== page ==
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February 11, 2009

Creaming, Part 1

When I first heard the term "creaming", I assumed it was a malapropism for the term "skimming".  It turns out, though, "creaming" is the more common term used by educators when complaining that certain schools have an unfair advantage because they select a student population that is easier to educate than traditional public schools.  Recently, the "creaming" argument has been used to attack charter schools.  Currently, there is an entertaining debate going on at GothamSchools.org.   

I can think of three reasons that someone might be concerned with "creaming":

1. Analysis: The analysis of some schools as "better" than others might be unfairly biased by differences in student populations. 

2. Equity: It could be perceived by some as unfair that some schools have to deal with more difficult student populations than others.

3. Funding: It could be viewed by some as appropriate to provide additional funding to schools that have to serve more challenging student populations.

For each component of the creaming argument, we can address two issues: accuracy and consistency.  By "accuracy", I refer to the validity of the complaint.  By "consistency", I refer to the extent to which this complaint is applied consistently in a variety of settings.

With this framework, what can we say about the "creaming" accusations with respect to charter schools in New York City?

1. With respect to the accuracy of the analysis complaint, it is certainly possible that charter schools are educating different populations of students.  Of course, charter schools use lotteries to accept students. They are not allowed to use exams or any other measures typically used to differentiate students.  Therefore, any population difference would be based on either the efforts of charter operators to convince certain parents to apply or the independent tendency of a certain type of parent to apply.  For example, many people argue, I think fairly, that parents that select charter schools are probably more engaged in their child's education than those that don't.  To address these potential differences, the "gold standard" method of analysis is called "randomized assignment".  This technique controls for differences like parental involvement by tracking the difference of performance between students that get into charter schools versus those that apply to charter schools but "lose" the lottery.  A recent study by the Boston Foundation, for example, used this technique and determined that charter schools performed significantly better than traditional public schools.  Another study, still under way, is being conducted in NYC.  The first round of results showed that charter schools outperformed traditional public schools.  So early results seem to indicate that charter schools provide better results.  Let's continue to conduct these types of studies.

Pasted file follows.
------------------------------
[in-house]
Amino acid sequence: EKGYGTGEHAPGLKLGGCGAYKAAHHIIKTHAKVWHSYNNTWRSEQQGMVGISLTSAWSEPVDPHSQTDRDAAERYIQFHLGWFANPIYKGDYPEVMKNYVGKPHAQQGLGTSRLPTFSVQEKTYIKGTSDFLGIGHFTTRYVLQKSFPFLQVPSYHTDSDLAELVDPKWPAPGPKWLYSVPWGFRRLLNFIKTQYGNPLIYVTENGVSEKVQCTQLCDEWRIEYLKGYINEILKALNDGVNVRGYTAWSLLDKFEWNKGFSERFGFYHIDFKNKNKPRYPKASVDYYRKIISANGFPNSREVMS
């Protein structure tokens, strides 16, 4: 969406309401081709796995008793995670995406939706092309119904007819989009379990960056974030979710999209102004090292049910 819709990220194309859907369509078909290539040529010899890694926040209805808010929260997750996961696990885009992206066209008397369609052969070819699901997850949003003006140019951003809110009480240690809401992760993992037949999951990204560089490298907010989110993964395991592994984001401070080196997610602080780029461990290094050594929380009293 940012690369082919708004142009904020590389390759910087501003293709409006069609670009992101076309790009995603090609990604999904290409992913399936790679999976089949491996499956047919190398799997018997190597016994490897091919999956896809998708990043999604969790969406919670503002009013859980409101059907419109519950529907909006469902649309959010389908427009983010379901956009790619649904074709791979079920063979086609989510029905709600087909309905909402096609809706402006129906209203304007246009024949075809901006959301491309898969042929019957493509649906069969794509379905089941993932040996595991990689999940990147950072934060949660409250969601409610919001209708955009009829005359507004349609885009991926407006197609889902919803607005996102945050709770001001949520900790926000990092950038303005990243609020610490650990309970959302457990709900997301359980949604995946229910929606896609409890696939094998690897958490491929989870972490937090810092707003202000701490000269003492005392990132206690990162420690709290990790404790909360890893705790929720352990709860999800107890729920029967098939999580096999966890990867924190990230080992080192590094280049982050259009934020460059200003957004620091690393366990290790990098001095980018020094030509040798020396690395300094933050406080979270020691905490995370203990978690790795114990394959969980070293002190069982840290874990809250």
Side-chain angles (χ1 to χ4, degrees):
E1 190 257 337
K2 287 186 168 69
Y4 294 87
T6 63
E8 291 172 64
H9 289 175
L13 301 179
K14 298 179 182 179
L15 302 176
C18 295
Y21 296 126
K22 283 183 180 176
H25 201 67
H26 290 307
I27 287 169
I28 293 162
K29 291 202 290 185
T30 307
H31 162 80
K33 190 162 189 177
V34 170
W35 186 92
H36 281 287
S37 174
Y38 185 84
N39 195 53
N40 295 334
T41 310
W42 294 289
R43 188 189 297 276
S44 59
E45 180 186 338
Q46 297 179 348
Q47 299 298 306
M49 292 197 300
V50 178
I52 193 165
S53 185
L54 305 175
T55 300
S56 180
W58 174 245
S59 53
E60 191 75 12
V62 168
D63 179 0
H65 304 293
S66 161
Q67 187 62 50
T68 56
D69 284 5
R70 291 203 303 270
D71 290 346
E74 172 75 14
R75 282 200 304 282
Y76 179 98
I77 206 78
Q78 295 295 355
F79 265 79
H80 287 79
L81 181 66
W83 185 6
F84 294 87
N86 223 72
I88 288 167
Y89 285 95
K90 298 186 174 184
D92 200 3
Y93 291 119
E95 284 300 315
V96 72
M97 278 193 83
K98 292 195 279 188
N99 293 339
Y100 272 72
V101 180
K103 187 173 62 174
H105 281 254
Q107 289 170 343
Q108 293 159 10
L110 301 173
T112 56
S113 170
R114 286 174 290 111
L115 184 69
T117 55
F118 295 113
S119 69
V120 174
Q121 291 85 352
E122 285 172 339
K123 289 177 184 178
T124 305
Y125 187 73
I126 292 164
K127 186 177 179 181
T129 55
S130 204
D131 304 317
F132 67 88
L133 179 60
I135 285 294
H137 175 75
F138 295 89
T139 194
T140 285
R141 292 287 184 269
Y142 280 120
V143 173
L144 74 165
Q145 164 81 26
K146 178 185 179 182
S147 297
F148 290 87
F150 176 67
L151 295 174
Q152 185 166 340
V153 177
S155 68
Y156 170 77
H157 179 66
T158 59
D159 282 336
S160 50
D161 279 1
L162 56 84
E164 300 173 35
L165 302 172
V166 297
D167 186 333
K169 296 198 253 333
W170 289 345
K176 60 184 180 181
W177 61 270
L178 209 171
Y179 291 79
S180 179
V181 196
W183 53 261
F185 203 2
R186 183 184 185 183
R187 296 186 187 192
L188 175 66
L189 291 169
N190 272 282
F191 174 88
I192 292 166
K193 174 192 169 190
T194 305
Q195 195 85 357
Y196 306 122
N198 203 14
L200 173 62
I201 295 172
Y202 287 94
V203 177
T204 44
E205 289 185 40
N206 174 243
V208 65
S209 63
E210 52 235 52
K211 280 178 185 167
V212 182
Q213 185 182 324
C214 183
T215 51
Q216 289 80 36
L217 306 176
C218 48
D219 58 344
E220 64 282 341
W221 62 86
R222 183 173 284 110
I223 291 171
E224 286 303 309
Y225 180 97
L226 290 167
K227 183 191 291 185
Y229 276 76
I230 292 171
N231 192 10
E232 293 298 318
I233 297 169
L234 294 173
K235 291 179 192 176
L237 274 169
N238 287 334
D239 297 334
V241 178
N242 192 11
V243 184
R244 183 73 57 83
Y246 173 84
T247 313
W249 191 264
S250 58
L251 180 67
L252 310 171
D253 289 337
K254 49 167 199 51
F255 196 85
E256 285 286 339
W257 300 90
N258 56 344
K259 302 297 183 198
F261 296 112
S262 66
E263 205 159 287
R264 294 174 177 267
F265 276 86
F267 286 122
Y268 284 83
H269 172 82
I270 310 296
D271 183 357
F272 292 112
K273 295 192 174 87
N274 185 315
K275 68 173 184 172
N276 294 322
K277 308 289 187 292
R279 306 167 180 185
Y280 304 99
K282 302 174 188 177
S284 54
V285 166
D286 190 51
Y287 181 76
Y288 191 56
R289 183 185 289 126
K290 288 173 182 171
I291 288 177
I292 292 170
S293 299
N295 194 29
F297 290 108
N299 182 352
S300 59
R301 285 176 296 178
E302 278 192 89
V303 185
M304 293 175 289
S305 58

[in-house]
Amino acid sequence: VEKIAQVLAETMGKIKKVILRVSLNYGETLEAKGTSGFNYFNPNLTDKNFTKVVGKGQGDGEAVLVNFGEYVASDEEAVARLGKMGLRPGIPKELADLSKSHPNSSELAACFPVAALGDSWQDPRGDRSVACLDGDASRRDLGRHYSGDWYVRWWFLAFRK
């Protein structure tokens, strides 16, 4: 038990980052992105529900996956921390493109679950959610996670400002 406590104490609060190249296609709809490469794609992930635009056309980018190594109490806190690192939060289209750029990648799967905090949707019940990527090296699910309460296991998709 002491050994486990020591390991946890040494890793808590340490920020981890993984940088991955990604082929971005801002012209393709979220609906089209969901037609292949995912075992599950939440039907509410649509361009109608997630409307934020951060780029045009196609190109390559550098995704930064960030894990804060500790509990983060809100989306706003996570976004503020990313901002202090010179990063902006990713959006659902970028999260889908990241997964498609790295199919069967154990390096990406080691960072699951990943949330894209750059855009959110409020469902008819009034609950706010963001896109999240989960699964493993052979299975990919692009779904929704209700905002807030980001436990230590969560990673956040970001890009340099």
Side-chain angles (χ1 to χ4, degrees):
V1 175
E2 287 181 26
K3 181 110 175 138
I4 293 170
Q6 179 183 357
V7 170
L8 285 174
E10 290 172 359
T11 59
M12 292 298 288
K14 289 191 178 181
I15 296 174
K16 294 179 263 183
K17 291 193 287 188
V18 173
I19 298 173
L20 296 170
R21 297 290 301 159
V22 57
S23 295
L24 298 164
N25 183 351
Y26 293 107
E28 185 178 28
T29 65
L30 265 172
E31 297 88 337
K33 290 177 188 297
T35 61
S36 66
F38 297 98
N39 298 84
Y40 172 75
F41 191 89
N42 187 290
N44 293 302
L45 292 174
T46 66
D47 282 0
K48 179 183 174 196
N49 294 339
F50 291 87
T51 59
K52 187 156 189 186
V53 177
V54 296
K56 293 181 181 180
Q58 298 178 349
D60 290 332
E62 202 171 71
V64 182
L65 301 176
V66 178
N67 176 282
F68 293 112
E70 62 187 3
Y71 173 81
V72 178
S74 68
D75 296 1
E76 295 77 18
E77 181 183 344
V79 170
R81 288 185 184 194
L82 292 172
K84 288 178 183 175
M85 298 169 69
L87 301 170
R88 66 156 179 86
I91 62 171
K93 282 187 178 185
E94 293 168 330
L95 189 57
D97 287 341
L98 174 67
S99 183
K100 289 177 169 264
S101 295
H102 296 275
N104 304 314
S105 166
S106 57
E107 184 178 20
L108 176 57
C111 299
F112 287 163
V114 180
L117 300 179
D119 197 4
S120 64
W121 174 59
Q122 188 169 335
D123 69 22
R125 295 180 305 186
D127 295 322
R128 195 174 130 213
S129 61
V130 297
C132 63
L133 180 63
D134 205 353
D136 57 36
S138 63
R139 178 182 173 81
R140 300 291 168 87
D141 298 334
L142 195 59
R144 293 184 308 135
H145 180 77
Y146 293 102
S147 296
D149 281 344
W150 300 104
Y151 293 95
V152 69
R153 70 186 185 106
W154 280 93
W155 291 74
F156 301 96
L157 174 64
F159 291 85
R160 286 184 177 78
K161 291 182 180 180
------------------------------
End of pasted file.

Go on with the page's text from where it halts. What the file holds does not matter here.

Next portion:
2. With respect to the consistency of the analysis complaint, the anti-charter movement has frequently pointed to unscientific studies that don't control at all for population differences in an effort to demonstrate that charter schools are no better than traditional public schools.  (Usually, even with these unscientific studies, they are unable to motivate that charter schools are worse than traditional public schools.)  They have sometimes been successful in getting the New York Times to publish these results with misleading headlines, e.g. here and here.  On the other hand, anti-charter people require the "gold standard" when all of the simpler statistics favor charters.  Then, when a "gold standard" test is conducted, they make believe it never happened.

Tomorrow, I will finish up by addressing the "equity" and "funding" components of the "creaming" debate.


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The "gold standard" doesn't address the charge that the population of a school has an important effect on the individual students.

For example, it's certainly possible that the most disruptive 1% of students have a material affect on overall school performance, and, due to the selection bias you mention (and others that are present) these "disruptors" may be underrepresented in charters.

I don't know if this is true, just that I've heard a story like this asserted and don't think you've refuted it. Probably it's true to some extent and the "goal" is to demonstrate it only explains a small portion of the total measured advantage of charters.

Agreed! It is also possible that parents that "lose" in lotteries respond by being less involved in their child's education. I consider these plausible second-order effects worthy of study. Narrowly, the "gold standard" experiments suggest that if you are a parent that wants you child to go to a charter school, your child will probably perform better on standardized tests if he or she gets in.

The experiments also suggest that charter schools do a better job at educating kids, although it is possible that there are exogenous factors that allow for this. I am skeptical of these second-order effects and super-skeptical that, even if they are significant, it would materially change my policy recommendations. (More on this in a future post.)

Finally, I have a policy recommendation that would address this matter if people insisted on it. The idea would be to enter some children whose parents don't explicitly select traditional public schools into charter school lotteries. The problem with this is that many charter schools think it is important that parents actively select their school. I agree, but if voters were terribly concerned about this issue, I think my policy suggestion would address it.

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